East Colfax Motel Hell

No room at the Inn.

The family in room 325 was one of sixteen eligible for the assistance that Icon had offered. Eleven took advantage of it. Four used their credit at a trailer park owned by Icon; two went to other Icon motels. Amy and Joshua wanted to use the Icon money as a down payment on a decent place, to buy them some stability. Not only did room 325 smell like piss, but it reeked of Raid. Amy had been trying to rid the kitchen of roaches for months. Now she mostly wanted a clean kitchen where she could cook again.

But they hadn't been able to find a place before the deadline, so Amy and Joshua moved their family to the Sands for a while.

That's where Amy Limon and her wheelchair were already living, in room 305. "What are they going to do with all of these people in the motels?" Limon asked. "I swear, I don't know what I'm going to do. That case manager, she wants to put me in those independent apartments. But those are mentally ill people where they have them all dosed up on the pills, like a nursing home. I don't deserve that."

When the Dunes shut down, Amy Limon moved up East Colfax to the Sands Motel.
Mark Manger
When the Dunes shut down, Amy Limon moved up East Colfax to the Sands Motel.
Andy Klein arranged for Icon to help longtime Dunes tenants, like the Young family, cover the cost of new housing.
Mark Manger
Andy Klein arranged for Icon to help longtime Dunes tenants, like the Young family, cover the cost of new housing.

Twice a week, Limon got out of her ramshackle room to go to a doctor's appointment or run some other errand. An assistant came by three times daily to change her diaper and give her a bath, because her wheelchair was too big to get into the motel room's bathroom. Limon asked the maintenance guy at the Sands to build her a wooden ramp like the one she'd left at the Dunes so that she could roll outside and watch the children play.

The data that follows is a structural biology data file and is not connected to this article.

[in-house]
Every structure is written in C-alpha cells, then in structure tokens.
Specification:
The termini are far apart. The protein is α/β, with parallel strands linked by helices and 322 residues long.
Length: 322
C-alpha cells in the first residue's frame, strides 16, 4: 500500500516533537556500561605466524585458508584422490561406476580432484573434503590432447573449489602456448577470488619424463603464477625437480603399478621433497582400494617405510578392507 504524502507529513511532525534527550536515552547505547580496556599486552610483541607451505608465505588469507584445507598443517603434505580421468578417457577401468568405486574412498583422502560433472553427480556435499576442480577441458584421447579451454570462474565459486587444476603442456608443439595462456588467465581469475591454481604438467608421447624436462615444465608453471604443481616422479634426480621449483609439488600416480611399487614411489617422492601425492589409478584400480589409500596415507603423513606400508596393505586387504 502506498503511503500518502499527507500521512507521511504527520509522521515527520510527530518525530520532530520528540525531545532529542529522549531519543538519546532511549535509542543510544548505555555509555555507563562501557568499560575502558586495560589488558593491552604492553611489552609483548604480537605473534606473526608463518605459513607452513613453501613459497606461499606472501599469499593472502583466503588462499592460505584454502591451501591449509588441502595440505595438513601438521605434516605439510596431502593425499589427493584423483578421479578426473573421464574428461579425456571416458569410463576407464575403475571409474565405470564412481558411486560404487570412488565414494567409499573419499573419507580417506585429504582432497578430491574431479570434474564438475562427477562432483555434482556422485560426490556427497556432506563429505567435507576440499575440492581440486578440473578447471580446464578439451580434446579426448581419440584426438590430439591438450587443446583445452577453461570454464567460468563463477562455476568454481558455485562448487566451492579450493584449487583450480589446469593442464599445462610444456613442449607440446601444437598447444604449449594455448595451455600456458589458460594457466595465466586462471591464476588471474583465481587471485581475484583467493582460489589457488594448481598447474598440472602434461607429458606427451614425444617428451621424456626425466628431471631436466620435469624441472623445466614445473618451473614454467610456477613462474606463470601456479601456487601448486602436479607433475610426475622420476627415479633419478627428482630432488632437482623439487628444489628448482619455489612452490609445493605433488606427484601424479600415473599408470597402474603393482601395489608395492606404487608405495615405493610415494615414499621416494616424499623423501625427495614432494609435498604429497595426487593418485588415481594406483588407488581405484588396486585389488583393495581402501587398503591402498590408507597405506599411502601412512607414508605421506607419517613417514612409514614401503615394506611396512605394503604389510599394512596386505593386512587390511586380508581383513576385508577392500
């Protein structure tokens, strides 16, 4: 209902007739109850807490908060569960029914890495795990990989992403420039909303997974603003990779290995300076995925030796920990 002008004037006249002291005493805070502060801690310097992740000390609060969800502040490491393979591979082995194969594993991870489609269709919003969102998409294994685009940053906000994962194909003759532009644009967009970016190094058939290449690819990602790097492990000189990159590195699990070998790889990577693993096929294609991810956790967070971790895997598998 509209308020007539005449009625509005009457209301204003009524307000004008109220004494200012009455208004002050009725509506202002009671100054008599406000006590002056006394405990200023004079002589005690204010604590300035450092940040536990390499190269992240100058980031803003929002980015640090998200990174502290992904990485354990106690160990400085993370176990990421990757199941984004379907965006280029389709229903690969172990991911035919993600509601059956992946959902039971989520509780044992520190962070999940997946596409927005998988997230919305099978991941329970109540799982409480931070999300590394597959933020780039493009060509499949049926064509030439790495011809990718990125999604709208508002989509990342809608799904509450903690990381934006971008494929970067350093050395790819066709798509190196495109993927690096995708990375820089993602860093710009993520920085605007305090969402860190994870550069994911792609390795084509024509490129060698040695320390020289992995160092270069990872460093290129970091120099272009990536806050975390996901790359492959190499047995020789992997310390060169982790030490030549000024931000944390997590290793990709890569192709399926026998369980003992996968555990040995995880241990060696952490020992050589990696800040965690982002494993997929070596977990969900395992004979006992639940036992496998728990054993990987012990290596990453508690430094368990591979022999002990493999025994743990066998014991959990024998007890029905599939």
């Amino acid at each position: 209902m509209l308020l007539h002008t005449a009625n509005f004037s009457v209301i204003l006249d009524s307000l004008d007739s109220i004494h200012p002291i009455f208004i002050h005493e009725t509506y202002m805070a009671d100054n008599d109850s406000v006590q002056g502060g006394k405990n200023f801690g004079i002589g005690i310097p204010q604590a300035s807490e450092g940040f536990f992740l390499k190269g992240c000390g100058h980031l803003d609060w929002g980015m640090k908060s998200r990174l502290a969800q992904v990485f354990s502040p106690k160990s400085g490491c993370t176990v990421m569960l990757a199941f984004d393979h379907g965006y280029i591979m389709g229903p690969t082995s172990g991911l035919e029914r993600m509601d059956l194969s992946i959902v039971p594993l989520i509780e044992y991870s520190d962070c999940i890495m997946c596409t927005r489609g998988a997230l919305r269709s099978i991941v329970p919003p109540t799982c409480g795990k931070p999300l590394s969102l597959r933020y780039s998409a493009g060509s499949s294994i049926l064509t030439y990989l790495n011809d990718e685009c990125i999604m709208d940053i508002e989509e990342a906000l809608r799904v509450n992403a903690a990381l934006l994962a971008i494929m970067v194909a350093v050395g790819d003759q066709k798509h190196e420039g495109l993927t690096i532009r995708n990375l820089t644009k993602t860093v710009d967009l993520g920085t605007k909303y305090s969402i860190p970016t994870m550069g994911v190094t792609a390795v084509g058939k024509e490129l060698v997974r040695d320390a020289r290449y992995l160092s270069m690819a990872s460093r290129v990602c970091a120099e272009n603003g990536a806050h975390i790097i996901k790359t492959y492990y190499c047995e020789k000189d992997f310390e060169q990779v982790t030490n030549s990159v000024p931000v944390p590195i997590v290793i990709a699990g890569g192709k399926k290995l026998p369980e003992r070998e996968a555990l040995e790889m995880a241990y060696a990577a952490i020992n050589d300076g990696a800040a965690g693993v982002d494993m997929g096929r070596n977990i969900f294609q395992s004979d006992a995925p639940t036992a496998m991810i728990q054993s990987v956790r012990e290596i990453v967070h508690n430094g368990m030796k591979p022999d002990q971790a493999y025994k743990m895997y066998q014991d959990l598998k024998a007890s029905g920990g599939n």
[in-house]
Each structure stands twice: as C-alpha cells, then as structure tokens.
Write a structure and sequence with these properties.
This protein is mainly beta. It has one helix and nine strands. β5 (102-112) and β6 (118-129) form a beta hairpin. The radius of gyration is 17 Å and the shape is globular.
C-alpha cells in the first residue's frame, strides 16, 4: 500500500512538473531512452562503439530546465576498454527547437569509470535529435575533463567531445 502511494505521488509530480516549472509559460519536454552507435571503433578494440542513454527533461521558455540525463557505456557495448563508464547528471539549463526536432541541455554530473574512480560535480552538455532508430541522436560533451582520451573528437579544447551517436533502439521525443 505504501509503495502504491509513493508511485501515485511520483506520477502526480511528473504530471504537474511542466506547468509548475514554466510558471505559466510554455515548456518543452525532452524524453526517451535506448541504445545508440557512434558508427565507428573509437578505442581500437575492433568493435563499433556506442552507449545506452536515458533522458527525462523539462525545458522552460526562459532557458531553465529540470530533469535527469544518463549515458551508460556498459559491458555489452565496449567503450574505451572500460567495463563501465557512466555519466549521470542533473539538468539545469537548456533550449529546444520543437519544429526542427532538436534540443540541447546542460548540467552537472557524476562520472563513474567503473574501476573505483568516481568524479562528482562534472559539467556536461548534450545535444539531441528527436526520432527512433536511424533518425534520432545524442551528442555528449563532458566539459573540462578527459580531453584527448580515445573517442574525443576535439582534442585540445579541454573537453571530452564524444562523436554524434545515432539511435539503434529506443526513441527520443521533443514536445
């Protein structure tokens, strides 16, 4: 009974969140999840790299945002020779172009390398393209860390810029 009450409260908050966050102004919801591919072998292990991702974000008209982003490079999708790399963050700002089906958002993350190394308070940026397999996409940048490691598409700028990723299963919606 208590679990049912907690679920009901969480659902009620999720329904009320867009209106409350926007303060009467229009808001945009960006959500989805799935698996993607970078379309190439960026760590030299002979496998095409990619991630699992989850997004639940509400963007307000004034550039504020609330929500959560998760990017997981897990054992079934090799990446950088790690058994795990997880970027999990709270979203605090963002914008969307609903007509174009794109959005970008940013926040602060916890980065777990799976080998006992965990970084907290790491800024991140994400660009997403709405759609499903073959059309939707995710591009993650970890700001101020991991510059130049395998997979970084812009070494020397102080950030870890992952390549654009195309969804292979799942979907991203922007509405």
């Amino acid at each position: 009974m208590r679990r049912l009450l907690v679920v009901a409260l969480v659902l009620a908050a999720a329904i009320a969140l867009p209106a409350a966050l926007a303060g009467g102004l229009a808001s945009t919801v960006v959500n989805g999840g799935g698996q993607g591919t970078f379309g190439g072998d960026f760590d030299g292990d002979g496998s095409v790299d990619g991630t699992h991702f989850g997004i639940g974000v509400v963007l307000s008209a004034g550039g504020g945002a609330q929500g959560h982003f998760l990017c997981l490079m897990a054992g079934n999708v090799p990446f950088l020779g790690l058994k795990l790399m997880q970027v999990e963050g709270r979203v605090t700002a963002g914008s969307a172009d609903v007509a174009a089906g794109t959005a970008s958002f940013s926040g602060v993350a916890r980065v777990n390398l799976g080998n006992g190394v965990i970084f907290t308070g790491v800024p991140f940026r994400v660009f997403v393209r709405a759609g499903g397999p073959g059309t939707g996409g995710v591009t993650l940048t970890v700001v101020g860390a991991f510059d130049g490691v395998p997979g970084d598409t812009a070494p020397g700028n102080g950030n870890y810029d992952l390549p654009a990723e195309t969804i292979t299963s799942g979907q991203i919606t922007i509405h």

Down the street at the King's Inn, Charles and Mary no longer allowed their kids to play outside. After the drug-infested Blue Spruce shut down, a lot of its former residents wound up at the King's, and drug trafficking in the parking lot went way up.

But Charles wasn't lying when he'd told his family that their stay here was only temporary. Using the money from Icon as a deposit, he soon found a two-bedroom apartment not far from Colfax where he can smoke cigarettes on his balcony and watch his kids play.

"It's peaceful," Charles said. "Just like when we were living in Florida and had our own place. I don't have to worry about someone beating on the door at midnight wanting a cigarette; I don't have to worry about my kids playing with kids who smoke cigarettes and smoke weed at that age. It's a nice place. Now we just got to hold on to it, make it work."

After eight days at the Sands, Joshua also secured a suitable place for his family, an apartment in south Aurora. Thanks in part to Icon and CCN, the 25-year-old signed the first lease of his life. "I'm grateful for any help at all," he said. "I'm used to doing it all myself."

Icon didn't rent the room they vacated at the Sands. Empty motels are easier to evacuate.

With Amy and Joshua and their kids gone, life has gotten lonelier for Amy Limon. "I'm 65 and I'm still trying," she says. "I know there's hope for me still. I don't want to just wait to die and wait for somebody to come visit me, some nurse to come check my blood pressure every two hours or something like that, so I can't go outside without asking permission.

"When they close this place, they'll help me find somewhere else," she says hopefully. "They're not that cold. They won't throw someone out in the street."

« Previous Page
 |
 
1
 
2
 
3
 
4
 
5
 
6
 
7
 
8
 
All
 
My Voice Nation Help
0 comments
 
Loading...